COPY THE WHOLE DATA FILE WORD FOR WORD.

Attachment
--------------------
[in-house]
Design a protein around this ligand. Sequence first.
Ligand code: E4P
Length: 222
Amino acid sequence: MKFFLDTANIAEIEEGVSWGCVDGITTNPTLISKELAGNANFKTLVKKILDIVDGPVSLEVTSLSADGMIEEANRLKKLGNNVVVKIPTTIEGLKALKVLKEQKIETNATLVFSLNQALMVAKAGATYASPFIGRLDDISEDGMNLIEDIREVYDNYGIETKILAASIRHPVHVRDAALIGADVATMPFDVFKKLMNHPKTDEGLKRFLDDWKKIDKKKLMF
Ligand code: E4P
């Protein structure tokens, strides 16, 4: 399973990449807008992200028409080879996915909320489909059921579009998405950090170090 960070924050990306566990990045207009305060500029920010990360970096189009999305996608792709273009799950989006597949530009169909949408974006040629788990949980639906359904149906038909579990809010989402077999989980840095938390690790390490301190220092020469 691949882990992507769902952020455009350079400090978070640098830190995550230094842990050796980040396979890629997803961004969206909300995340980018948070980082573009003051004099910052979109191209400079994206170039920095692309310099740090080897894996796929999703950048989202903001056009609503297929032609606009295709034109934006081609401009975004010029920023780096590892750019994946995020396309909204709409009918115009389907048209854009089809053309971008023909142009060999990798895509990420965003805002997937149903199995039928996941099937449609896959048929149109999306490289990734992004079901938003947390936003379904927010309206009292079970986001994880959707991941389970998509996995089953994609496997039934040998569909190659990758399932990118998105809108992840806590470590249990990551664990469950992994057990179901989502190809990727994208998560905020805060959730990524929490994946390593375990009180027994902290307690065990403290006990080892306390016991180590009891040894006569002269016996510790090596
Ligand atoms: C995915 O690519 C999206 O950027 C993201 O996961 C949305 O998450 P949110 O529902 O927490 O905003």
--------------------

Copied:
[in-house]
Design a protein around this ligand. Sequence first.
Ligand code: E4P
Length: 222
Amino acid sequence: MKFFLDTANIAEIEEGVSWGCVDGITTNPTLISKELAGNANFKTLVKKILDIVDGPVSLEVTSLSADGMIEEANRLKKLGNNVVVKIPTTIEGLKALKVLKEQKIETNATLVFSLNQALMVAKAGATYASPFIGRLDDISEDGMNLIEDIREVYDNYGIETKILAASIRHPVHVRDAALIGADVATMPFDVFKKLMNHPKTDEGLKRFLDDWKKIDKKKLMF
Ligand code: E4P
């Protein structure tokens, strides 16, 4: 399973990449807008992200028409080879996915909320489909059921579009998405950090170090 960070924050990306566990990045207009305060500029920010990360970096189009999305996608792709273009799950989006597949530009169909949408974006040629788990949980639906359904149906038909579990809010989402077999989980840095938390690790390490301190220092020469 691949882990992507769902952020455009350079400090978070640098830190995550230094842990050796980040396979890629997803961004969206909300995340980018948070980082573009003051004099910052979109191209400079994206170039920095692309310099740090080897894996796929999703950048989202903001056009609503297929032609606009295709034109934006081609401009975004010029920023780096590892750019994946995020396309909204709409009918115009389907048209854009089809053309971008023909142009060999990798895509990420965003805002997937149903199995039928996941099937449609896959048929149109999306490289990734992004079901938003947390936003379904927010309206009292079970986001994880959707991941389970998509996995089953994609496997039934040998569909190659990758399932990118998105809108992840806590470590249990990551664990469950992994057990179901989502190809990727994208998560905020805060959730990524929490994946390593375990009180027994902290307690065990403290006990080892306390016991180590009891040894006569002269016996510790090596
Ligand atoms: C995915 O690519 C999206 O950027 C993201 O996961 C949305 O998450 P949110 O529902 O927490 O905003």